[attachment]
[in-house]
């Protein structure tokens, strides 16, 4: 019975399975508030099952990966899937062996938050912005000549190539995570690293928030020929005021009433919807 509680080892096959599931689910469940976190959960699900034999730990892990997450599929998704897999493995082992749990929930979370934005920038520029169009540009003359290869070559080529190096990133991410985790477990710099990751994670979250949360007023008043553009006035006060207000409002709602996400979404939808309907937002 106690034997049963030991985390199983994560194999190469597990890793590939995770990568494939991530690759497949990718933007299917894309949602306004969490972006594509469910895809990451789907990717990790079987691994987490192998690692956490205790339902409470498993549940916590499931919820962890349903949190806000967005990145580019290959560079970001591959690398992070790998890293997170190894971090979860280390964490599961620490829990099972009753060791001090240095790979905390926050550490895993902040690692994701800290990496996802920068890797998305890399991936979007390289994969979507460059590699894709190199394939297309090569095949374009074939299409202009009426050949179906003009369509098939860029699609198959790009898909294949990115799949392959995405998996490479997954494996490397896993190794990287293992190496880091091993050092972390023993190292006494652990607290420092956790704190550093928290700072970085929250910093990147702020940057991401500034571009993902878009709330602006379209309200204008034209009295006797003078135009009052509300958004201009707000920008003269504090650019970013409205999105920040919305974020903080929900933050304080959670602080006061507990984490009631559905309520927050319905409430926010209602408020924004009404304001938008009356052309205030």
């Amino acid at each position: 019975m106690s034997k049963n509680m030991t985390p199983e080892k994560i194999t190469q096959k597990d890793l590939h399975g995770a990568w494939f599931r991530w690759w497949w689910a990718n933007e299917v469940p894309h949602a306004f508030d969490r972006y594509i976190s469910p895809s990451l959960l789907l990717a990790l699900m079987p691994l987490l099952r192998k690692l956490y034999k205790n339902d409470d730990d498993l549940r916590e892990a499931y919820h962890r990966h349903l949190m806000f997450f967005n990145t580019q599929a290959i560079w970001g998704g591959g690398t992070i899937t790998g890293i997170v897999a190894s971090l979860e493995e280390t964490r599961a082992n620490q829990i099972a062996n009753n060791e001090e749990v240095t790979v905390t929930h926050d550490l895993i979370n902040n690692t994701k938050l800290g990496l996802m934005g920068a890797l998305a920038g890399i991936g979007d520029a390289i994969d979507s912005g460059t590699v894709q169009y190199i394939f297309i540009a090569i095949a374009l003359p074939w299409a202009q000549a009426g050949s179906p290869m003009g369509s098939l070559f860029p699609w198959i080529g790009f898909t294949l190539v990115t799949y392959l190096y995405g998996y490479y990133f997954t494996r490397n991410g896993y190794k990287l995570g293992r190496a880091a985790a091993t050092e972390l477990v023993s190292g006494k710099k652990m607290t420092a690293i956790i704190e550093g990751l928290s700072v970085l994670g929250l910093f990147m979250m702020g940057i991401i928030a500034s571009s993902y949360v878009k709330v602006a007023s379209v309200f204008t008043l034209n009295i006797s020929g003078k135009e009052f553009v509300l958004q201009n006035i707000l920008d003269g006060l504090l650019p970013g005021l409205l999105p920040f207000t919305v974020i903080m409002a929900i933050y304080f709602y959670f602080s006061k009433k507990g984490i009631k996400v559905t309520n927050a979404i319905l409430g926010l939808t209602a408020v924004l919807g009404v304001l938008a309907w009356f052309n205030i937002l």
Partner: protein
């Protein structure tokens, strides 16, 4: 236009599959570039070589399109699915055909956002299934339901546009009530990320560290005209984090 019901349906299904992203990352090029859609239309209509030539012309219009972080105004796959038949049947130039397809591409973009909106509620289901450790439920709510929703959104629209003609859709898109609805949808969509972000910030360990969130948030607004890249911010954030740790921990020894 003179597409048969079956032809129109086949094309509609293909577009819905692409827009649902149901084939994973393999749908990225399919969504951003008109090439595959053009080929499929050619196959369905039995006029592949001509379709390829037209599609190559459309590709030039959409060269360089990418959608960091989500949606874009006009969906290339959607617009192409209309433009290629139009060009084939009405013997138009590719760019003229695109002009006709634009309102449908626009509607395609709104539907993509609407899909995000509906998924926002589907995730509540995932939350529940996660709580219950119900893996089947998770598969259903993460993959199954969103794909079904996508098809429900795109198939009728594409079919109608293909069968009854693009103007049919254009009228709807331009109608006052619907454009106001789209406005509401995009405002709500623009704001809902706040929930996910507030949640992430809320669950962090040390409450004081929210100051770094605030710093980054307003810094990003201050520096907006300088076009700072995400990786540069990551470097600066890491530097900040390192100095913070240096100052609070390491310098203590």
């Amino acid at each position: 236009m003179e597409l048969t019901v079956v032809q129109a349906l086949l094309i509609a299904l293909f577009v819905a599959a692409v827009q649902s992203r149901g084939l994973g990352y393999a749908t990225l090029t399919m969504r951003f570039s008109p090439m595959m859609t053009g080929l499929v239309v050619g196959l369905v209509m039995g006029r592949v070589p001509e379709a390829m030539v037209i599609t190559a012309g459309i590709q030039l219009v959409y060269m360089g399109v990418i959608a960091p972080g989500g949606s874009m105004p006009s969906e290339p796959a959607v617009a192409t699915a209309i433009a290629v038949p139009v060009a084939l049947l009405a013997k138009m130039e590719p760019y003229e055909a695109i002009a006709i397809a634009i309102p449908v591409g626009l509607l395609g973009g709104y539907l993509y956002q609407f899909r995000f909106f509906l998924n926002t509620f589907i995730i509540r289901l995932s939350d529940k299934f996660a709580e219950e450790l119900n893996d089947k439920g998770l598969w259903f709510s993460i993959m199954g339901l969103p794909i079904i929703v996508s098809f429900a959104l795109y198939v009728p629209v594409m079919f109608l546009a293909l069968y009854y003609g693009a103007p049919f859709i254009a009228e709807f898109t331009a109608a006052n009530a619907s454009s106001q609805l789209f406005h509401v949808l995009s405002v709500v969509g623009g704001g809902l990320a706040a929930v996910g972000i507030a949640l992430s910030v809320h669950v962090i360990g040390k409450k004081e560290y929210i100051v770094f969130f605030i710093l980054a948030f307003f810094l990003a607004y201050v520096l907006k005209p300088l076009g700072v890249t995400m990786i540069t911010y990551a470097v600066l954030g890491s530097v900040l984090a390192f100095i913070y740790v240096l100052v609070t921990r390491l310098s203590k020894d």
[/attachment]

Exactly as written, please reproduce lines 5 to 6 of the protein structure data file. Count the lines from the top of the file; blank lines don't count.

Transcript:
């Protein structure tokens, strides 16, 4: 236009599959570039070589399109699915055909956002299934339901546009009530990320560290005209984090 019901349906299904992203990352090029859609239309209509030539012309219009972080105004796959038949049947130039397809591409973009909106509620289901450790439920709510929703959104629209003609859709898109609805949808969509972000910030360990969130948030607004890249911010954030740790921990020894 003179597409048969079956032809129109086949094309509609293909577009819905692409827009649902149901084939994973393999749908990225399919969504951003008109090439595959053009080929499929050619196959369905039995006029592949001509379709390829037209599609190559459309590709030039959409060269360089990418959608960091989500949606874009006009969906290339959607617009192409209309433009290629139009060009084939009405013997138009590719760019003229695109002009006709634009309102449908626009509607395609709104539907993509609407899909995000509906998924926002589907995730509540995932939350529940996660709580219950119900893996089947998770598969259903993460993959199954969103794909079904996508098809429900795109198939009728594409079919109608293909069968009854693009103007049919254009009228709807331009109608006052619907454009106001789209406005509401995009405002709500623009704001809902706040929930996910507030949640992430809320669950962090040390409450004081929210100051770094605030710093980054307003810094990003201050520096907006300088076009700072995400990786540069990551470097600066890491530097900040390192100095913070240096100052609070390491310098203590």
């Amino acid at each position: 236009m003179e597409l048969t019901v079956v032809q129109a349906l086949l094309i509609a299904l293909f577009v819905a599959a692409v827009q649902s992203r149901g084939l994973g990352y393999a749908t990225l090029t399919m969504r951003f570039s008109p090439m595959m859609t053009g080929l499929v239309v050619g196959l369905v209509m039995g006029r592949v070589p001509e379709a390829m030539v037209i599609t190559a012309g459309i590709q030039l219009v959409y060269m360089g399109v990418i959608a960091p972080g989500g949606s874009m105004p006009s969906e290339p796959a959607v617009a192409t699915a209309i433009a290629v038949p139009v060009a084939l049947l009405a013997k138009m130039e590719p760019y003229e055909a695109i002009a006709i397809a634009i309102p449908v591409g626009l509607l395609g973009g709104y539907l993509y956002q609407f899909r995000f909106f509906l998924n926002t509620f589907i995730i509540r289901l995932s939350d529940k299934f996660a709580e219950e450790l119900n893996d089947k439920g998770l598969w259903f709510s993460i993959m199954g339901l969103p794909i079904i929703v996508s098809f429900a959104l795109y198939v009728p629209v594409m079919f109608l546009a293909l069968y009854y003609g693009a103007p049919f859709i254009a009228e709807f898109t331009a109608a006052n009530a619907s454009s106001q609805l789209f406005h509401v949808l995009s405002v709500v969509g623009g704001g809902l990320a706040a929930v996910g972000i507030a949640l992430s910030v809320h669950v962090i360990g040390k409450k004081e560290y929210i100051v770094f969130f605030i710093l980054a948030f307003f810094l990003a607004y201050v520096l907006k005209p300088l076009g700072v890249t995400m990786i540069t911010y990551a470097v600066l954030g890491s530097v900040l984090a390192f100095i913070y740790v240096l100052v609070t921990r390491l310098s203590k020894d």